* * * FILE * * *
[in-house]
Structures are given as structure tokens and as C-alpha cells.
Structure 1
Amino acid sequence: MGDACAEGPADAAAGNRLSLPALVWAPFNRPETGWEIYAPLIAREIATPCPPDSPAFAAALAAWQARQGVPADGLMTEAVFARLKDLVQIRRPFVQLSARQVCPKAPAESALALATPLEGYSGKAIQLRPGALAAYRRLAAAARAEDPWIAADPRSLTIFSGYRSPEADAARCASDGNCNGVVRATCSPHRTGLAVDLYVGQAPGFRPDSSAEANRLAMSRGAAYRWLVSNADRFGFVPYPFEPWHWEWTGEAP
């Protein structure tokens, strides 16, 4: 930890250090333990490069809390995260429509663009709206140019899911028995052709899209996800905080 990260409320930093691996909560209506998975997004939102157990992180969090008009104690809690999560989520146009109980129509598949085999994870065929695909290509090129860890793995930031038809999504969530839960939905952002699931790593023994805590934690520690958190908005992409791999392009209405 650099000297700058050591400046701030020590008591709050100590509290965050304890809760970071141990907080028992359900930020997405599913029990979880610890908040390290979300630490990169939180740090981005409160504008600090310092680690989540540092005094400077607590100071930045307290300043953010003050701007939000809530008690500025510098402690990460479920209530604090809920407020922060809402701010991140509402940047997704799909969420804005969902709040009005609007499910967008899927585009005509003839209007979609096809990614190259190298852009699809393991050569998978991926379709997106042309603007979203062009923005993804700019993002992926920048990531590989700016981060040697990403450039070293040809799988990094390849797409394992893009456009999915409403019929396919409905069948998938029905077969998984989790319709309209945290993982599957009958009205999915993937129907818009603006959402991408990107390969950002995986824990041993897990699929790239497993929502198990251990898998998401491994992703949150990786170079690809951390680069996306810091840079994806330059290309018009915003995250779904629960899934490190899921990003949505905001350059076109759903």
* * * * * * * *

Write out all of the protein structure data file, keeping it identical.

[in-house]
Structures are given as structure tokens and as C-alpha cells.
Structure 1
Amino acid sequence: MGDACAEGPADAAAGNRLSLPALVWAPFNRPETGWEIYAPLIAREIATPCPPDSPAFAAALAAWQARQGVPADGLMTEAVFARLKDLVQIRRPFVQLSARQVCPKAPAESALALATPLEGYSGKAIQLRPGALAAYRRLAAAARAEDPWIAADPRSLTIFSGYRSPEADAARCASDGNCNGVVRATCSPHRTGLAVDLYVGQAPGFRPDSSAEANRLAMSRGAAYRWLVSNADRFGFVPYPFEPWHWEWTGEAP
């Protein structure tokens, strides 16, 4: 930890250090333990490069809390995260429509663009709206140019899911028995052709899209996800905080 990260409320930093691996909560209506998975997004939102157990992180969090008009104690809690999560989520146009109980129509598949085999994870065929695909290509090129860890793995930031038809999504969530839960939905952002699931790593023994805590934690520690958190908005992409791999392009209405 650099000297700058050591400046701030020590008591709050100590509290965050304890809760970071141990907080028992359900930020997405599913029990979880610890908040390290979300630490990169939180740090981005409160504008600090310092680690989540540092005094400077607590100071930045307290300043953010003050701007939000809530008690500025510098402690990460479920209530604090809920407020922060809402701010991140509402940047997704799909969420804005969902709040009005609007499910967008899927585009005509003839209007979609096809990614190259190298852009699809393991050569998978991926379709997106042309603007979203062009923005993804700019993002992926920048990531590989700016981060040697990403450039070293040809799988990094390849797409394992893009456009999915409403019929396919409905069948998938029905077969998984989790319709309209945290993982599957009958009205999915993937129907818009603006959402991408990107390969950002995986824990041993897990699929790239497993929502198990251990898998998401491994992703949150990786170079690809951390680069996306810091840079994806330059290309018009915003995250779904629960899934490190899921990003949505905001350059076109759903």